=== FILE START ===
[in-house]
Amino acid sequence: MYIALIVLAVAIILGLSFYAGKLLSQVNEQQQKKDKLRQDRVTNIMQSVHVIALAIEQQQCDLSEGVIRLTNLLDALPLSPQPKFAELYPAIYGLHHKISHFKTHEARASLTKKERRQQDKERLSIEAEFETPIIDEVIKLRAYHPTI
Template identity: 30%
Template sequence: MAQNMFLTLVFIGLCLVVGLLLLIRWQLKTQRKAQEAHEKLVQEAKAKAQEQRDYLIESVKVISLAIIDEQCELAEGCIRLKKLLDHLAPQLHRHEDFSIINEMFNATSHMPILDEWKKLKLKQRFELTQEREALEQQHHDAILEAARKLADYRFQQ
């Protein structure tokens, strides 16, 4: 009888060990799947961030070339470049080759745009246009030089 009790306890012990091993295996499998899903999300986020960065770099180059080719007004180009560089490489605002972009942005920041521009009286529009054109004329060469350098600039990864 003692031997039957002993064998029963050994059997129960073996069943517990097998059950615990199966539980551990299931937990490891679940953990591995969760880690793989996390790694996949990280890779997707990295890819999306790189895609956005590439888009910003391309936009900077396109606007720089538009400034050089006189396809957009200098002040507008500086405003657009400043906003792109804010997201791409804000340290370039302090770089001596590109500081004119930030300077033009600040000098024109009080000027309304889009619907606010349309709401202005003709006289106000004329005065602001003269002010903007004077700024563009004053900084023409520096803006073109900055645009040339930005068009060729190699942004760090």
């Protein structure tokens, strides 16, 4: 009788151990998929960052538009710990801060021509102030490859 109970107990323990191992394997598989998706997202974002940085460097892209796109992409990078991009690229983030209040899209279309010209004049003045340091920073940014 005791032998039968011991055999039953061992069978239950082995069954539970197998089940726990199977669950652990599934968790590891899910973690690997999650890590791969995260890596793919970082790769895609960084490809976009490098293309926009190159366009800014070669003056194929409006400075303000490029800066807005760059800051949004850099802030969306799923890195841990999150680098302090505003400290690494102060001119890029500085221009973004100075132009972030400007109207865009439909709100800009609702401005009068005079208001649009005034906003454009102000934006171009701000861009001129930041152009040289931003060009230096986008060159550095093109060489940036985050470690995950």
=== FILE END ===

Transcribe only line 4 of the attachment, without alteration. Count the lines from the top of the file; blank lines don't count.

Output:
Template sequence: MAQNMFLTLVFIGLCLVVGLLLLIRWQLKTQRKAQEAHEKLVQEAKAKAQEQRDYLIESVKVISLAIIDEQCELAEGCIRLKKLLDHLAPQLHRHEDFSIINEMFNATSHMPILDEWKKLKLKQRFELTQEREALEQQHHDAILEAARKLADYRFQQ